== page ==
Those two themes—always playing against more advanced competition and showing a mature hitting approach with sharp strike-zone awareness—have been central to Guerrero’s career path. The Blue Jays skipping him over two levels to make his pro debut in the Rookie-level Appalachian League as a 17-year-old didn’t faze him. Neither did going to Double-A as a 19-year-old or the in-season promotion to Triple-A, where he walked more than he struck out.
“I remember his father used to take him to play against grown men,” said Ismael Cruz, who was in charge of international scouting for the Blue Jays at the time and now runs the Dodgers’ international department. “He would take him at 14 and play against guys 25 and over. He loves the challenge. He never wanted to play with his peers—he was always playing ahead of his time. That helped him. It helped him see velocity, it helped him see breaking balls. I’ve never seen a J2 guy who liked hitting breaking balls more than fastballs. That’s one thing I remember clearly, that he was waiting for that breaking ball. His plate discipline was very good.”
Cruz first saw Guerrero when he was 14. Guerrero had a heavyset body type that usually turns off scouts. He was an outfielder, with below-average speed and arm strength that pointed to either left field or first base down the road, but Guerrero’s hitting ability and power were apparent right away.
“They have a house, like a four-story house behind left field,” Cruz said. “The field is like 300 feet to left field, but this is a 14, 15-year-old kid hitting the fourth floor of that house. He was really enjoying it, too. Everyone would stop to see him hit.”
To sign Guerrero, though, the Blue Jays would have to use their whole budget and a little extra, going over their pool to trigger a penalty of not being able to sign anyone for more than $300,000 the following year. Given not just the size of the bonus but the fact that the Blue Jays were considering using all of their pool money on one player, the Blue Jays built extensive scouting history on Guerrero. That meant building an extensive history of at-bats against pro-level pitchers they logged on him, which Cruz estimates was close to 100. After one particularly long hitting session, Guerrero even asked for batting gloves, which, like his father, he didn’t wear as an amateur. It also meant an extensive number of high-ranking club officials who went in to see him, including Latin American director Sandy Rosario, pro scouting director Perry Minasian, assistant general manager Andrew Tinnish and GM Alex Anthopoulos.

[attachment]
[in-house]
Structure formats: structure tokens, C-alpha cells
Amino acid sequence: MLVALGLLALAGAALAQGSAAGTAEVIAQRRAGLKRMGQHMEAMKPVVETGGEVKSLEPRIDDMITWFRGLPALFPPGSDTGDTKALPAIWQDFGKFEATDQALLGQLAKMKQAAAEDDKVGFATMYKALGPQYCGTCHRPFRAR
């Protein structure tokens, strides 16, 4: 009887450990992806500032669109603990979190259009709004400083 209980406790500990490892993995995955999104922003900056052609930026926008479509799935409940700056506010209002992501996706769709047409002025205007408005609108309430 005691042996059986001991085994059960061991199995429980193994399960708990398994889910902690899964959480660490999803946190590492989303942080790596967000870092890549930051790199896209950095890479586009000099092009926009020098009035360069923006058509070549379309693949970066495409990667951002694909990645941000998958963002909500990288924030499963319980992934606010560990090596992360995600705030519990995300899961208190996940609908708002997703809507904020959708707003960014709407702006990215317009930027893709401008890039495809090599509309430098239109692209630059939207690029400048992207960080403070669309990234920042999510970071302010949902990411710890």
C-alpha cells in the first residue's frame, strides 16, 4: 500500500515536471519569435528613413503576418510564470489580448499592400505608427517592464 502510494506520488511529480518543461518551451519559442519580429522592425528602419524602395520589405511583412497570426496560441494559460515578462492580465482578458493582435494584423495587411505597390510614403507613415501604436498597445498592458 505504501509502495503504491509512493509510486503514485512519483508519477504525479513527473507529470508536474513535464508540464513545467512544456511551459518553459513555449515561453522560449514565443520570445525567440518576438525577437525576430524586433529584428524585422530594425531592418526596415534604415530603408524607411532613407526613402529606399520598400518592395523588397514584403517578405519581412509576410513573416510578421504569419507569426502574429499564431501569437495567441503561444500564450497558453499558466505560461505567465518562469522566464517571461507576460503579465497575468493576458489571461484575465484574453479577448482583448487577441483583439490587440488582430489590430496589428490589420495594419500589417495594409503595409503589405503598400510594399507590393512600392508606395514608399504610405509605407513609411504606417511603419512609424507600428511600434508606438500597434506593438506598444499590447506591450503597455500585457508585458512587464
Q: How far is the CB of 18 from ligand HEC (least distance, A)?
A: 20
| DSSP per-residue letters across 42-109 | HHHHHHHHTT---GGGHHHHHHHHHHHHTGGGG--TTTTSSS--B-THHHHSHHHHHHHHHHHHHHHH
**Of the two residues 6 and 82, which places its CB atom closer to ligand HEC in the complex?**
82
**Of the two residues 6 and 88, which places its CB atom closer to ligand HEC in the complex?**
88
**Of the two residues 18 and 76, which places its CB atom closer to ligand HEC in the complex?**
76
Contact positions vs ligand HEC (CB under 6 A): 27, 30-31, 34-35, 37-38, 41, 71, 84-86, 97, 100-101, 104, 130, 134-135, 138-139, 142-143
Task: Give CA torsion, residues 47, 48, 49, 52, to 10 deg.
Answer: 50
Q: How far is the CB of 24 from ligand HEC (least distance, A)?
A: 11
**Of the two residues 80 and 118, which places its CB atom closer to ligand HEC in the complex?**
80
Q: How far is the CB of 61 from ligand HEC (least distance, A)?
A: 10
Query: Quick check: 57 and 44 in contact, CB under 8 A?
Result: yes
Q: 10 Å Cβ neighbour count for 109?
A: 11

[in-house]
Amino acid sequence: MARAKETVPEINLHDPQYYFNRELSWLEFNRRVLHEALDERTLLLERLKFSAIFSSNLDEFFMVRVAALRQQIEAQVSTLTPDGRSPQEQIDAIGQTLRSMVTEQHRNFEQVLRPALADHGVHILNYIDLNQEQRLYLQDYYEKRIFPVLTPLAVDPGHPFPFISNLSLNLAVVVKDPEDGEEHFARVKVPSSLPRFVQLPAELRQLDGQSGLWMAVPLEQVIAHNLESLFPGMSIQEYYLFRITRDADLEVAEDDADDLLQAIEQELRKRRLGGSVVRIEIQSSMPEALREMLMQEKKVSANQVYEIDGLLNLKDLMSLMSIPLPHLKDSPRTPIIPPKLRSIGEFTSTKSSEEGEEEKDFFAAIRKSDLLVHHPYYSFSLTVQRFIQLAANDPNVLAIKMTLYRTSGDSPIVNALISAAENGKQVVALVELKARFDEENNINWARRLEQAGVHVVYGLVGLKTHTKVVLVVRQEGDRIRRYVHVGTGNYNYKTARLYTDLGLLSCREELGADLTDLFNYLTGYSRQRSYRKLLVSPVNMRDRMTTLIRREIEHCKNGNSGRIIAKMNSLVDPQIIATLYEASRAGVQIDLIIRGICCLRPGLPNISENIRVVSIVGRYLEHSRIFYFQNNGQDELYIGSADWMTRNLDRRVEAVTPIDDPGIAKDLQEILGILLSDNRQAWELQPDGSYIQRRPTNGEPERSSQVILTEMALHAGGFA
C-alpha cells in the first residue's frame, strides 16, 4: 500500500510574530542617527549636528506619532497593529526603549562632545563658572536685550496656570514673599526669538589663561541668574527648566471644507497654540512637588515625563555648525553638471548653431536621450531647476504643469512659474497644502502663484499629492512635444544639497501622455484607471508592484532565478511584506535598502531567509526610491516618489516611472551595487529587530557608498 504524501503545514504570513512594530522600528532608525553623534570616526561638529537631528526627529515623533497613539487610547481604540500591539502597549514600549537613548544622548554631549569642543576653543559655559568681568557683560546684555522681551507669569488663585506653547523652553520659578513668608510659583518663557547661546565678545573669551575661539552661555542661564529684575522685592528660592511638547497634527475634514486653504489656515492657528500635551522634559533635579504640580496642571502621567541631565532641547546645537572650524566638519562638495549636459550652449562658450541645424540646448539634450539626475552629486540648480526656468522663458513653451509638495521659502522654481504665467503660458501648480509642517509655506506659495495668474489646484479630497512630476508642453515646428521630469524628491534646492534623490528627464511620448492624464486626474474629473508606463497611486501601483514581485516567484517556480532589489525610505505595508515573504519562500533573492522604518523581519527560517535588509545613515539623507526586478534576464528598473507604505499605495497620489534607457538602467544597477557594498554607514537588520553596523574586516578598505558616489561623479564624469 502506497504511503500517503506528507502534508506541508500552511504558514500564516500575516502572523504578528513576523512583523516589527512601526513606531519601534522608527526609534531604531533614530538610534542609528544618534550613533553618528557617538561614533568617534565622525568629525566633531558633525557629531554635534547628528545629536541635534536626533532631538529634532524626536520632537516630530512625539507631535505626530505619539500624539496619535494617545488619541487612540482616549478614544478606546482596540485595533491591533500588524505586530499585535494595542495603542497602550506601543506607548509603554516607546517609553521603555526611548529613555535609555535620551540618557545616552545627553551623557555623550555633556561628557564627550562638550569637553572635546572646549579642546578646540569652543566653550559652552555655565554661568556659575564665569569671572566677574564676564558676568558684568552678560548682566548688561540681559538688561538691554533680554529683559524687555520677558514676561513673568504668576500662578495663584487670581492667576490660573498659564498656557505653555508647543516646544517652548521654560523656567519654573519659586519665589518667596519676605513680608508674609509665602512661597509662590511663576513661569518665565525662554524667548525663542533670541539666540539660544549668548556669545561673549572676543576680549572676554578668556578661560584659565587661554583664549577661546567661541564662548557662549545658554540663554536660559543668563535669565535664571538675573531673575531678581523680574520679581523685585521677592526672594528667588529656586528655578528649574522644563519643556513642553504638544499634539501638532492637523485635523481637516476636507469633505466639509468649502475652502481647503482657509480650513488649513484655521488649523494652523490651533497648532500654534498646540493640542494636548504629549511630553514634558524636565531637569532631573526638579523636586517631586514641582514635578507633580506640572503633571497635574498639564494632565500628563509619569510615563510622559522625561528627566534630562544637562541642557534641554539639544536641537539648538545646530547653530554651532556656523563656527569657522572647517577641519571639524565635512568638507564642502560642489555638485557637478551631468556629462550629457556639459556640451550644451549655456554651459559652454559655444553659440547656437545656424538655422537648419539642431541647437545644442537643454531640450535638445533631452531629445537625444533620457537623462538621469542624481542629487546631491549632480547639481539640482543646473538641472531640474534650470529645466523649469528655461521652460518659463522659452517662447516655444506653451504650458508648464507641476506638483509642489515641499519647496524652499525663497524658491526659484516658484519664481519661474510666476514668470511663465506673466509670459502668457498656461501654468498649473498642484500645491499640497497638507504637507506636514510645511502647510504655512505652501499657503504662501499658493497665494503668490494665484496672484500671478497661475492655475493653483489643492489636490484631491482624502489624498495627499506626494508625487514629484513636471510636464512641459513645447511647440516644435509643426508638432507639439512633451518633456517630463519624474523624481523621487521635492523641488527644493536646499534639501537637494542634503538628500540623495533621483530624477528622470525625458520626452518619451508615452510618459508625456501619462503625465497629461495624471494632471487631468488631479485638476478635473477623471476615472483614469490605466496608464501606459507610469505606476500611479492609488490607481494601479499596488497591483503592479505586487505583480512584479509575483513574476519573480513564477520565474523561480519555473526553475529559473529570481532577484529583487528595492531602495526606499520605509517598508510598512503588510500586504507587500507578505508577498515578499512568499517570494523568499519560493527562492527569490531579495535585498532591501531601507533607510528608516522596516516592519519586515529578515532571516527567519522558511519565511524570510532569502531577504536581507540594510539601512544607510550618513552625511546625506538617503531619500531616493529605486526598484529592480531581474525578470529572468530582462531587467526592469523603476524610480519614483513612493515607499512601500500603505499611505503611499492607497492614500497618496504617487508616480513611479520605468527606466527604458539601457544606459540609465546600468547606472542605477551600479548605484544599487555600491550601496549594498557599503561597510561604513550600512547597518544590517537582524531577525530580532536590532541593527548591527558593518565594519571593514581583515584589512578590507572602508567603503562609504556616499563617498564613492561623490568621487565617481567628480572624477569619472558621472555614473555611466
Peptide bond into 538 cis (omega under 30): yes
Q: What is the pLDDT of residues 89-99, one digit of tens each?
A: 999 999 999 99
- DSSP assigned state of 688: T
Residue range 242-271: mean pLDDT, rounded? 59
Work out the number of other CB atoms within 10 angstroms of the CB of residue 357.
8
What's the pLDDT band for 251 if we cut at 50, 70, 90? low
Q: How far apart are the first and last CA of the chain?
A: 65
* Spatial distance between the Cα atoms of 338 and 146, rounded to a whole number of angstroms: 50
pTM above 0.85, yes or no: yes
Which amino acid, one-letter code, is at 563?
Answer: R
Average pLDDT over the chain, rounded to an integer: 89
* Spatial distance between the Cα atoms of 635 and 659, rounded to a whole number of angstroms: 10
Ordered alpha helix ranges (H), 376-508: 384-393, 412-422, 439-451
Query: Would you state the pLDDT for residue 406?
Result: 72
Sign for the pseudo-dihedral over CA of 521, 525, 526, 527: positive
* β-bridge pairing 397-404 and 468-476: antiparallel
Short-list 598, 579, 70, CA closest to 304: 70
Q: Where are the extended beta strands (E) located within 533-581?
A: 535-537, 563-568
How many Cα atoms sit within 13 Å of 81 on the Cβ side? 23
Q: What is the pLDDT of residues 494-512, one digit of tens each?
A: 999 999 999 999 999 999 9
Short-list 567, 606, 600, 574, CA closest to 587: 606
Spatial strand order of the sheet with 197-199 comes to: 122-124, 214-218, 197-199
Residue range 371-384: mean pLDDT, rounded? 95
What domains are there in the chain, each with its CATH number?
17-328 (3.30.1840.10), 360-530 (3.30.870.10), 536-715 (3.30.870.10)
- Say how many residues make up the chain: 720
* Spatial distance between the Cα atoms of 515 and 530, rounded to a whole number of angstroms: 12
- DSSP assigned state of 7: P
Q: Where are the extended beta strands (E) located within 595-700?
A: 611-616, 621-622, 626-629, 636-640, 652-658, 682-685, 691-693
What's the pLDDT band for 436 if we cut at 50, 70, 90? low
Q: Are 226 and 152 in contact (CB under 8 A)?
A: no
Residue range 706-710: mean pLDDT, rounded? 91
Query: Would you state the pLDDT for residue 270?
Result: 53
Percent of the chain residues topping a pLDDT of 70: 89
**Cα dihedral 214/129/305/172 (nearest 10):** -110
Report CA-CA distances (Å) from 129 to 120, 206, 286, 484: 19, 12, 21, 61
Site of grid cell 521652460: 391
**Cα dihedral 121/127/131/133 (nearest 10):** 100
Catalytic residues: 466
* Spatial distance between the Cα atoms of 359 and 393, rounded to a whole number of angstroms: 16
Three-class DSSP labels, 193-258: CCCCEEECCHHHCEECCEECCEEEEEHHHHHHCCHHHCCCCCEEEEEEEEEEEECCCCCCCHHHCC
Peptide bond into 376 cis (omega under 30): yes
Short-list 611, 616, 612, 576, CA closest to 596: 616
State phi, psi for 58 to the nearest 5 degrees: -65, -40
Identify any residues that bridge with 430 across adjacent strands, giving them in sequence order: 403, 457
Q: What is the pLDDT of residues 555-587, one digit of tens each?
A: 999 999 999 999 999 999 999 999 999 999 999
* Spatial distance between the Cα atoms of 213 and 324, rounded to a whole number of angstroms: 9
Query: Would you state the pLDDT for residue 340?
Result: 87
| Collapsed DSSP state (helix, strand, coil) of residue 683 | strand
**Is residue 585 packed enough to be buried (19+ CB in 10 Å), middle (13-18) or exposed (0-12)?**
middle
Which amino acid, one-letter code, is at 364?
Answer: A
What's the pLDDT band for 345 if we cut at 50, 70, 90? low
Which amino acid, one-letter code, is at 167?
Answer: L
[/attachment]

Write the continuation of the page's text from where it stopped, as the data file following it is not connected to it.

Guerrero had big power, but there were plenty of other amateur hitters who could knock the ball over the fence in batting practice. Guerrero’s ability to hit in games, control the strike zone and his mental approach separated him.
“He studied pitchers,” Cruz said. “At 15, he had a plan going into the box. He would tell us, ‘This guy uses this pitch to go for a strikeout. I want to make him believe he’s got me on the first breaking ball, then get him on the second one.’ Stuff you don’t hear from a 15-year-old kid.”
To this day, Guerrero continues to toy with pitchers born a decade before him, getting pitched around as a 19-year-old just like he did when he was a kid playing against grown men. Now the Guerreros have their own family pipeline ready to follow in the footsteps of Vladimir Sr. and Wilton. The Reds just called up Junior’s cousin, outfielder Gabriel Guerrero. Two other cousins—Mets infielder Gregory Guerrero and White Sox outfielder Josue Guerrero—both signed for more than $1 million in recent years. Merlin Martinez, Wilton’s nephew, is a 2020 prospect. And Vladdy Jr. has three younger brothers—two 11 years old, one seven years old—who play baseball.
But the next big thing is Vladimir Guerrero Jr., a potential homegrown superstar, for the Blue Jays and the Guerrero family.